Renewables Less Expensive

June 11, 2018

Wall Street Journal: "In many places, opting for renewables 'is a purely economic choice,' said Danielle Merfeld, the chief technology officer of GE’s renewable energy unit. 'In most places, it is cheaper and other technologies have become more expensive.'”

"Recent power auctions have suggested that renewable energy prices have further to fall. Earlier this year, an auction in Saudi Arabia awarded a contract to build a 300-megawatt solar facility for $17.90 a megawatt hour. Very low labor costs in the Middle East and India are resulting in record-breaking low bids for solar.

"A Mexican auction last year drew international bids for power at an unsubsidized price of below $21 per megawatt hour. That was substantially below the spot market price for electricity, which averaged around $70 per megawatt hour last year, said Veronica Irastorza, an associate director of economic consulting firm NERA and a former Mexican undersecretary of energy planning.

"In Canada, an auction in Alberta in December awarded four wind contracts for an average of $37 a megawatt hour, subsidy-free. The Albertan government planned to award contracts for only 400 megawatts, but bumped it up to 600 megawatts when it saw the prices offered, which were slightly below the average price for electricity on the province’s grid in 2018."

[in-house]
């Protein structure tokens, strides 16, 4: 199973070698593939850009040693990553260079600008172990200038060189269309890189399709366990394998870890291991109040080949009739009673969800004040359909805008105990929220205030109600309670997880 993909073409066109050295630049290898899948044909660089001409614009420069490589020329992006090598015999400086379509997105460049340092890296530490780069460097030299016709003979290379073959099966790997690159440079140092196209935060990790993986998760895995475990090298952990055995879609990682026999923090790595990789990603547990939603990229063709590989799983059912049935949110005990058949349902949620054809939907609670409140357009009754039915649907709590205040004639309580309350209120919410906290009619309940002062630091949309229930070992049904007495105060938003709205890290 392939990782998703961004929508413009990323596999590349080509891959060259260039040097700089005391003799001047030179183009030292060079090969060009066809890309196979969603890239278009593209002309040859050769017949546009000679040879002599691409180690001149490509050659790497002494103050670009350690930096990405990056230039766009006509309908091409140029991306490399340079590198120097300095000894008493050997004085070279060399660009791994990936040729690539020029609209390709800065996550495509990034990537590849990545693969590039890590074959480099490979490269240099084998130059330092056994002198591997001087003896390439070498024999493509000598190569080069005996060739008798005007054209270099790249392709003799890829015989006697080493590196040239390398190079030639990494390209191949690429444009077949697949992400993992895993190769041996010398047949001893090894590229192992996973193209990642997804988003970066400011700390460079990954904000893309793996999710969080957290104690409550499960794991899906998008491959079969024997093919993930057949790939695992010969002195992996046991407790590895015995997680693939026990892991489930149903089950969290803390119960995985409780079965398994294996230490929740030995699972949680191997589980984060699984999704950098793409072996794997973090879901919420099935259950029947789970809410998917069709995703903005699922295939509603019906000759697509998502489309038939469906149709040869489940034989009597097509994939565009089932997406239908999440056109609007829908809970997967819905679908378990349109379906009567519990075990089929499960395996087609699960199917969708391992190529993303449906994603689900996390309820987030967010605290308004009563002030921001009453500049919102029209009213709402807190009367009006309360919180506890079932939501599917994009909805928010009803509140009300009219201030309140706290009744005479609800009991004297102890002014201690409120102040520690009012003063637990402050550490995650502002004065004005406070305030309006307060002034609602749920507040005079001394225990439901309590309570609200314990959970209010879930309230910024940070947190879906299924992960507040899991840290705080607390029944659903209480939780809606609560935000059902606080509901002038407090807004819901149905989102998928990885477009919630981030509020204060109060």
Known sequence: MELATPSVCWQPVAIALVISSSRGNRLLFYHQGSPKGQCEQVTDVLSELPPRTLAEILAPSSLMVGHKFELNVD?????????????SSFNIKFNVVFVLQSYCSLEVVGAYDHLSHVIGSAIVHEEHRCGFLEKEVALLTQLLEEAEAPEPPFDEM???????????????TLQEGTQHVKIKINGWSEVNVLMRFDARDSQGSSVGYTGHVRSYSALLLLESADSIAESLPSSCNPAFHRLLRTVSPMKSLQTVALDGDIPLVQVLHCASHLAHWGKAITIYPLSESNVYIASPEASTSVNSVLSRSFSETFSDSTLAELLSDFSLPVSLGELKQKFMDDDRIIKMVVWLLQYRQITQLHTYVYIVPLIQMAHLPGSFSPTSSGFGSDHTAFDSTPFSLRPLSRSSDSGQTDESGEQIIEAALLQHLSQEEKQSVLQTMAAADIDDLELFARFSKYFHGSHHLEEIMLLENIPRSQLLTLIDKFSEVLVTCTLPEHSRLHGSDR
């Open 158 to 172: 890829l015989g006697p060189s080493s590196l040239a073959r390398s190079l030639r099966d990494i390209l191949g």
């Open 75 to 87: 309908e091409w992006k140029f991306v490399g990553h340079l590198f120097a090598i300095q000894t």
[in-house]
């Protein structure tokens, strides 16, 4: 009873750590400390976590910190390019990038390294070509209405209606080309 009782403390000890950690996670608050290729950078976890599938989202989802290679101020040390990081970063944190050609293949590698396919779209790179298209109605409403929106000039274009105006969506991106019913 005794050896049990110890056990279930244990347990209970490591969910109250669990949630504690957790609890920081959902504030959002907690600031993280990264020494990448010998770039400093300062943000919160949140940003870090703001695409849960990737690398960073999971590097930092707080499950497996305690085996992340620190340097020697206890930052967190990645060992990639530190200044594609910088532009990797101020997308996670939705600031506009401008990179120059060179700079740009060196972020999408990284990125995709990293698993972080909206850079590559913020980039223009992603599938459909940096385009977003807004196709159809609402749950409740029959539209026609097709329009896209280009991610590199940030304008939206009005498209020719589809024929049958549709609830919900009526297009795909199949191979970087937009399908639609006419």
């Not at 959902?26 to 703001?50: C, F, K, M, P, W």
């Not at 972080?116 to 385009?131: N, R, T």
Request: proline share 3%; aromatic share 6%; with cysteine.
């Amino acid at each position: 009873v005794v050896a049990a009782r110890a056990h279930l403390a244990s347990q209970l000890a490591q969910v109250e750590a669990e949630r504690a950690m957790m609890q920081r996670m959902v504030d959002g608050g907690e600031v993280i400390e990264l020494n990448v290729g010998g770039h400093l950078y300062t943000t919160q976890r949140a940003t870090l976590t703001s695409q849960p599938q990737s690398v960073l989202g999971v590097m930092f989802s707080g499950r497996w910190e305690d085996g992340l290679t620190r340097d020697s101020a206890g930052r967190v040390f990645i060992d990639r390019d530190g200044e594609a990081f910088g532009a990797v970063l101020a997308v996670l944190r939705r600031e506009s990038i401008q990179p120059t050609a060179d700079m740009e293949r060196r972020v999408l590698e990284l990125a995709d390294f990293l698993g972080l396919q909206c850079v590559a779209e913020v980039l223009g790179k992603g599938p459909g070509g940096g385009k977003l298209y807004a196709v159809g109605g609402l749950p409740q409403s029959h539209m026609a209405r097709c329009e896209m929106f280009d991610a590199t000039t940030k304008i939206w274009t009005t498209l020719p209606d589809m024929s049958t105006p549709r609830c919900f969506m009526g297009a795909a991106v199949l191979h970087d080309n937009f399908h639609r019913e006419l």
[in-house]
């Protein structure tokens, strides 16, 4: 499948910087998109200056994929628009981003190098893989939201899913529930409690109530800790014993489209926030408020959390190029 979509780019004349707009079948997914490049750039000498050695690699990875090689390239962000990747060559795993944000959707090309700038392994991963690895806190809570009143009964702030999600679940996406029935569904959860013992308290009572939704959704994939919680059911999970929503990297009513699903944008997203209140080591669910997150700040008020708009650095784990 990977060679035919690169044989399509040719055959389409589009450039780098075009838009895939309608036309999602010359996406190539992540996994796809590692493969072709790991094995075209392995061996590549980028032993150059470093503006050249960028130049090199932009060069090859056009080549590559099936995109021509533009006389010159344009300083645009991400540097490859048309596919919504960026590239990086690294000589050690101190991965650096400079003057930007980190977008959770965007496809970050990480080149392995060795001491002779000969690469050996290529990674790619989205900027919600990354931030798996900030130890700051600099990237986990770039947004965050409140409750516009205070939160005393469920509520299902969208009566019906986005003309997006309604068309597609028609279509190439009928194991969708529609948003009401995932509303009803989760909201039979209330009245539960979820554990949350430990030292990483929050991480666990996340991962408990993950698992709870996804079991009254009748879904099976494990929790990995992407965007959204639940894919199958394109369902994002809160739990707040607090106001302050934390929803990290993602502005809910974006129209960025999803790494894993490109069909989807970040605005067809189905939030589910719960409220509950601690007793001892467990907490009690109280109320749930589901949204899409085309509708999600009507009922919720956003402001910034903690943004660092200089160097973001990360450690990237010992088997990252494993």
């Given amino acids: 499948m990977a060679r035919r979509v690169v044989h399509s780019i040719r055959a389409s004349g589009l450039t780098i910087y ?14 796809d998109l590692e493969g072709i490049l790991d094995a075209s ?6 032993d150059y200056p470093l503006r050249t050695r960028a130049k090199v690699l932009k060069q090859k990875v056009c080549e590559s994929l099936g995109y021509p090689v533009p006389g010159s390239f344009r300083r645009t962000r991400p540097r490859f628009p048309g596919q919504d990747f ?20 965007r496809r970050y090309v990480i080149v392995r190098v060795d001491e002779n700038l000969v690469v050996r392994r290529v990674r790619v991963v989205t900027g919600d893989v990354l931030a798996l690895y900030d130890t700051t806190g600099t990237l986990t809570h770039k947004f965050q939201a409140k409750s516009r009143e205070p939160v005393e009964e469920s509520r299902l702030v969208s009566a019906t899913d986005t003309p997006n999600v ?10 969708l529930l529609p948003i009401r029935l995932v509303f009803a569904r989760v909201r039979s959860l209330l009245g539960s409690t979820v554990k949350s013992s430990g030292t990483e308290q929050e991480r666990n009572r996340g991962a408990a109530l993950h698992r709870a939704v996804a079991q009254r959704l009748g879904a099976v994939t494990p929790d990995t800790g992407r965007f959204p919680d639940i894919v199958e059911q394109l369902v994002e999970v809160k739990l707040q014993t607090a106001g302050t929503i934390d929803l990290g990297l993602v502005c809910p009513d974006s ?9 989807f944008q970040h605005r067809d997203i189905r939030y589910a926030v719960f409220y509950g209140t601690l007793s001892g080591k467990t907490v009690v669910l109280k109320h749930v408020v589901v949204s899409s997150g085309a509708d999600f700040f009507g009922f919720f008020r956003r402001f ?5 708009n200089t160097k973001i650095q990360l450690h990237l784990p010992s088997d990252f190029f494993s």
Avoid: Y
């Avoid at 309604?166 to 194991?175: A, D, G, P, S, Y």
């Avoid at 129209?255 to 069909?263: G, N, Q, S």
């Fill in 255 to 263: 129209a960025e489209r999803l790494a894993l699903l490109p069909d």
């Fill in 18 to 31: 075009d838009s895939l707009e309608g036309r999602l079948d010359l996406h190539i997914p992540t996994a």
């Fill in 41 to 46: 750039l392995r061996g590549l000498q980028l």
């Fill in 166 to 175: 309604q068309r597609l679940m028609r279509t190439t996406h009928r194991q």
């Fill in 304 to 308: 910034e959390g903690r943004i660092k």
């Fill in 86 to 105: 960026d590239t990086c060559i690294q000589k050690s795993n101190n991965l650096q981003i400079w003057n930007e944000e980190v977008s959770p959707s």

Losing Enormous Amounts of Clean Energy

June 02, 2018

New York Times: "Since 2013, five nuclear power plants have been retired in Florida, Wisconsin, California, Vermont and Nebraska, the result of a mix of political opposition and competition from gas. Six more plants, including Three Mile Island and California’s Diablo Canyon, have announced that they will close between now and 2025, even though they could technically operate for decades."

"Those shutdowns would take enormous amounts of clean energy off the grid. The six retiring nuclear plants generated nearly 60 million megawatt-hours of electricity last year, more than all of America’s solar panels combined, according to an analysis by Environmental Progress, a green group pushing to save nuclear power."

Grist: "Something big has to change, and fast, in order to prevent us from going over the climate cliff. Increasingly, that something appears to be a shift in our attitudes toward nuclear energy."

Union of Concerned Scientists:  "Yet limiting the worst effects of climate change may also require other low- or no-carbon energy solutions, including nuclear power."

James Hansen: "To solve the climate problem, policy must be based on facts and not prejudice. Alongside renewables, Nuclear will make the difference between the world missing crucial climate targets or achieving them."